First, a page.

G&W Electric’s new microgrid includes bifacial solar, a flow battery and a flywheel

Construction of the G&W Electric microgrid is underway. Credit: G&W Electric.

The microgrid will provide more reliable and resilient power during seasonal peak demands and power outages by leveraging a combination of solar, G&W Electric switchgear, FLISR, batteries, and a flywheel. 

This week G&W Electric said it has begun construction on a microgrid at its headquarters in Bolingbrook, Illinois.

Power for the microgrid will be provide by nearly 6,000 bifacial solar panels across the company’s roof.  Bifacial panels can generate electricity from both sides, allowing the company to capture solar electricity from direct sunlight as well as reflection from the new white roof membrane. G&W said this gives it up to a 20% boost over traditional monofacial panels.

The microgrid will also contain a 1.3 MVA flywheel to provide ride-through power and a 2-MW flow battery that can operate at 150 percent of its nominal load, said G&W. This system will provide the facility with three megawatts for nearly 2 hours. In the event of an outage, the microgrid will “island” i.e. detach from the main grid in order to provide power to the G&W facility.

Software will allow the microgrid participate in frequency regulation through PJM Interconnection and will help G&W cut costs.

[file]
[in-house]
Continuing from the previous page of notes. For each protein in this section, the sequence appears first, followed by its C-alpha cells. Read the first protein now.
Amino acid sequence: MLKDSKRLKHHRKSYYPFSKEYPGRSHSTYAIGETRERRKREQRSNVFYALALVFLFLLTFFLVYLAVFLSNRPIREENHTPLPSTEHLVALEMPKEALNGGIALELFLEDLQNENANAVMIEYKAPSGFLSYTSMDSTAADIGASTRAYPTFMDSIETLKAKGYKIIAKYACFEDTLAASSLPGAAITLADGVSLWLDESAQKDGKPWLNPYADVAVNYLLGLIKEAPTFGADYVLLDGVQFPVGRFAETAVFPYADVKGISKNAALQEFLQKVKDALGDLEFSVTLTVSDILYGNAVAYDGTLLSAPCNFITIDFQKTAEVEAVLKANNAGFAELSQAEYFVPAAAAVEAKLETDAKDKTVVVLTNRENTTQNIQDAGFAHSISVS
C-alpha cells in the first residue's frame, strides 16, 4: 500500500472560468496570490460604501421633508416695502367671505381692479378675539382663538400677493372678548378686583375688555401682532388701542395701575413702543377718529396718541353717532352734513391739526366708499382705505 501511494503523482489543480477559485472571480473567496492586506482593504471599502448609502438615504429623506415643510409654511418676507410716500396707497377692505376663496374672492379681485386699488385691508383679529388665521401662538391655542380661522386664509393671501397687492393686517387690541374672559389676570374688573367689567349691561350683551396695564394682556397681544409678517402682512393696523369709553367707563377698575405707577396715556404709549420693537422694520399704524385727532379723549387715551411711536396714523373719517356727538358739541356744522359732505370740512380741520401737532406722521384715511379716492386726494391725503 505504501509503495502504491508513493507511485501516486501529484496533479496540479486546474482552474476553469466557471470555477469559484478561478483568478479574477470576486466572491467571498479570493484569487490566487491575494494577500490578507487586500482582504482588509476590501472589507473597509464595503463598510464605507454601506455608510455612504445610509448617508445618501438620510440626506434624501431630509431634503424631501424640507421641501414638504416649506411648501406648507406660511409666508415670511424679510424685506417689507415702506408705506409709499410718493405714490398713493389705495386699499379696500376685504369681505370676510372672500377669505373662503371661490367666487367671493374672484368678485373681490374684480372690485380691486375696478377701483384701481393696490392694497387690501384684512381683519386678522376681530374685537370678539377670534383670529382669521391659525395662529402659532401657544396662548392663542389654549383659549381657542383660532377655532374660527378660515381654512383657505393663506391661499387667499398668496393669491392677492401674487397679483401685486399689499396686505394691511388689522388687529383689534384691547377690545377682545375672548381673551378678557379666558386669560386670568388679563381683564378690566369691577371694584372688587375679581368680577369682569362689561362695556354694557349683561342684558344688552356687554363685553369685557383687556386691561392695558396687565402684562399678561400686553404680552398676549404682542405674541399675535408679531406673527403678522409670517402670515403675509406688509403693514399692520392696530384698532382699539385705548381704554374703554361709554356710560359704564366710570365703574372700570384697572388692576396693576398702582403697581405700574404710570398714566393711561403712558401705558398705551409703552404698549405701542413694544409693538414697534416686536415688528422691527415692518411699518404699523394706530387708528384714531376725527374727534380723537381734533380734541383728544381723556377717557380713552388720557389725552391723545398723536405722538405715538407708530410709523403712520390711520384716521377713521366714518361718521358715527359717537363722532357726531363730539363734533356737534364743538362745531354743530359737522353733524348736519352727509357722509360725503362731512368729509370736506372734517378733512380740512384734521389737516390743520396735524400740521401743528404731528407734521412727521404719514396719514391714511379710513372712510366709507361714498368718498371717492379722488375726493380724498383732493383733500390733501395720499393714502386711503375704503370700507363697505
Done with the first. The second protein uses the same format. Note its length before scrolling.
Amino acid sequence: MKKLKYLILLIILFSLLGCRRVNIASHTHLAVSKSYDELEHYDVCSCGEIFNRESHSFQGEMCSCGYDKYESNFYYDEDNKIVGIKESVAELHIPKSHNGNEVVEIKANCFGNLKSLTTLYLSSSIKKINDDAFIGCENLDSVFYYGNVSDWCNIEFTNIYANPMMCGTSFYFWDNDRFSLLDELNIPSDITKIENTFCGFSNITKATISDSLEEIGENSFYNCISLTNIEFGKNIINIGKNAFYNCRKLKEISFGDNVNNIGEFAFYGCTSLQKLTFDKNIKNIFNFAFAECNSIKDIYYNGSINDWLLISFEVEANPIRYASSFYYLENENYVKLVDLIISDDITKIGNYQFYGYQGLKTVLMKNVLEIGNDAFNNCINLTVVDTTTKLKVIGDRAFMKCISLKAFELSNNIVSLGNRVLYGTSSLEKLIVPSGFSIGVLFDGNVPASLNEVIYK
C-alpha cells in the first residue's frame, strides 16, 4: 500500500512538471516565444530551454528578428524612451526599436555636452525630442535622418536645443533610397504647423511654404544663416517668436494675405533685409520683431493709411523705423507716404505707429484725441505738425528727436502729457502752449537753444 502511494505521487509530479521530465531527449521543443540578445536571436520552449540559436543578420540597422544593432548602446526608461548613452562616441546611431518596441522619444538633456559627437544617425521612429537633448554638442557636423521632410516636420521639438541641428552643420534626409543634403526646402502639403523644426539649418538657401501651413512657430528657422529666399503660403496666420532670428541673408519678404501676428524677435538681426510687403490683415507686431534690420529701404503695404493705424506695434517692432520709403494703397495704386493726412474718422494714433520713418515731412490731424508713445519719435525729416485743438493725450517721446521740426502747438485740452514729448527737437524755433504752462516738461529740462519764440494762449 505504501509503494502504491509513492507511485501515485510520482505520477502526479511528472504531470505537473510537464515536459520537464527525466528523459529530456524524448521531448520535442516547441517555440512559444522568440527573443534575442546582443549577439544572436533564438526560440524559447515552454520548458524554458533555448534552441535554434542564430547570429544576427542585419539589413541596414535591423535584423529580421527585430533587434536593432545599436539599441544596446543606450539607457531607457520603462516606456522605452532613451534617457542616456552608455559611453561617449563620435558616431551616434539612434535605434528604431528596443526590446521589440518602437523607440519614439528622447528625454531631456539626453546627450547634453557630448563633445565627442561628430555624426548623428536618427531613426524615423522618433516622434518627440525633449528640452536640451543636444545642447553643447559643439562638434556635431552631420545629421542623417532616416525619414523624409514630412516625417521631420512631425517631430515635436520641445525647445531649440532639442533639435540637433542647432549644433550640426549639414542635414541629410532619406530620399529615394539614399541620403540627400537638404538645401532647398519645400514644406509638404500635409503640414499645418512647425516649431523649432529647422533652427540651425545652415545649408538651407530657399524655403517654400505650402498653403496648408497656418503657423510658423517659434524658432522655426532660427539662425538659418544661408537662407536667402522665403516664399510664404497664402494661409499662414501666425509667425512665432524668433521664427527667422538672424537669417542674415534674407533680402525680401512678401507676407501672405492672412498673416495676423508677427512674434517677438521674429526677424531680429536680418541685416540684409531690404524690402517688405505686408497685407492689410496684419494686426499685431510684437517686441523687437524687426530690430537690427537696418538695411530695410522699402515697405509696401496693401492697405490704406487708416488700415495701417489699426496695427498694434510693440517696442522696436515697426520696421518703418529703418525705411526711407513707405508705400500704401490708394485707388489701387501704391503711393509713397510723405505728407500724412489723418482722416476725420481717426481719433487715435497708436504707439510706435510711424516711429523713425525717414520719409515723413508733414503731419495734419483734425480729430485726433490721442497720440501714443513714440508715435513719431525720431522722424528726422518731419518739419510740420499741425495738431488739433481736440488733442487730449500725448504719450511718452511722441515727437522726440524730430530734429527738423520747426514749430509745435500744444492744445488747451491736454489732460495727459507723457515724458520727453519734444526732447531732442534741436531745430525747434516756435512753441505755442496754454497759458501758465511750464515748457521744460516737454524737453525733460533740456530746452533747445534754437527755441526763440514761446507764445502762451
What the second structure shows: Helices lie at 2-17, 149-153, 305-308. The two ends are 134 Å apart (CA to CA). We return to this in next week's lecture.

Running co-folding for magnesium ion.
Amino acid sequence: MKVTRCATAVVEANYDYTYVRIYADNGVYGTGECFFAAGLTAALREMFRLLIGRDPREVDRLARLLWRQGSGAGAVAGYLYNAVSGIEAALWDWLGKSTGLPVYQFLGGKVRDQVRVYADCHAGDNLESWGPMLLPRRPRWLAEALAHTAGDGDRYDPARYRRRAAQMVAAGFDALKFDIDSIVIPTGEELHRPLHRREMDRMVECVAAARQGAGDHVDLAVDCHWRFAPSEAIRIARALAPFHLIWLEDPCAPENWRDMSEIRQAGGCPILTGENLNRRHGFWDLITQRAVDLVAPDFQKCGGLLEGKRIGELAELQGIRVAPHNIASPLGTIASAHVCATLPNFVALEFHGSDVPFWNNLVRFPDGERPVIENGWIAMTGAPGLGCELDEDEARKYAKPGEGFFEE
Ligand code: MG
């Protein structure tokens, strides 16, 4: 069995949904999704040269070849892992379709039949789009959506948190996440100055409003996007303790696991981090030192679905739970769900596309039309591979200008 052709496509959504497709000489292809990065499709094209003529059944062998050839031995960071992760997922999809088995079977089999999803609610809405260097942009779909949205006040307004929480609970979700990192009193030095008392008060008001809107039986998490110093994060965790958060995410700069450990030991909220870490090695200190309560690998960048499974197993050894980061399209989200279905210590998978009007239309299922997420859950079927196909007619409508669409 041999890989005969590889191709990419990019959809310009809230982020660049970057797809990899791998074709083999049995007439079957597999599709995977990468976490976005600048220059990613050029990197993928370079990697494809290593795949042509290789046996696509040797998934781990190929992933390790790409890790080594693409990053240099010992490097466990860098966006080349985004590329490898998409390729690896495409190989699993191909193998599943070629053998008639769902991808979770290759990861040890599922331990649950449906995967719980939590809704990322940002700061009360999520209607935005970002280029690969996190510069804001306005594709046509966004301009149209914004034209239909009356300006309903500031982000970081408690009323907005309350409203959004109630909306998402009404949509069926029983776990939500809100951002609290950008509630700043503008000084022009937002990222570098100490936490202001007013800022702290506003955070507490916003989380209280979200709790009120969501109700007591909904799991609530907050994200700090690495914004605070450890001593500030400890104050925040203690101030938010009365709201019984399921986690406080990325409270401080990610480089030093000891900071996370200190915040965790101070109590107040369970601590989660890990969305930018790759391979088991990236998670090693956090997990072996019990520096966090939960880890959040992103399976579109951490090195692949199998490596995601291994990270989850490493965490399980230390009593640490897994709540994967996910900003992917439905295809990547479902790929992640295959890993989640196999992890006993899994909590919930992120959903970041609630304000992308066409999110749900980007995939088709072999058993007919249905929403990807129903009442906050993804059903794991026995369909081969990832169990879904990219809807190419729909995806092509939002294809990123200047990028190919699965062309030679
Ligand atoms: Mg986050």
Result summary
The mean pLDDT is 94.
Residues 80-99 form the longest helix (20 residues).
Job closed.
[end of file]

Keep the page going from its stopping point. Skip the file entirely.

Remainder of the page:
“After an outage completely shut down our operations for several hours a little over two years ago, G&W Electric recognized the financial benefits of installing a microgrid to deliver uninterrupted premium power to support our critical operations as well as our customers,” said John Mueller, chairman and owner of G&W Electric.

“During peak demands for electricity, G&W Electric’s microgrid will participate in ComEd’s Voluntary Load Reduction Program and isolate itself from the grid to help reduce ComEd’s peak load demand, eliminating its energy dependency during a time when prices increase,” said Pat Avery, vice president of power grid automation for G&W Electric.

“Solar energy has become a highly reliable, cost-effective source of energy for the future. Producing one’s own energy is the best method to provide premium, uninterrupted power for our critical operations to help avoid unnecessary downtime, rework and scrap leading to unhappy customers,” added Avery. 

Construction of the microgrid is expected to be completed in early 2022. 

Previous articleInfrastructure, reconciliation packages bring Biden’s emissions target within reach, Schumer says
Next articleNYPA teams with AT&T to study impact of climate change on utility equipment
The Clarion Energy Content Team is made up of editors from various publications, including POWERGRID International, Power Engineering, Renewable Energy World, Hydro Review, Smart Energy International, and Power Engineering International. Contact the content lead for this publication at Jennifer.Runyon@ClarionEvents.com.

No posts to display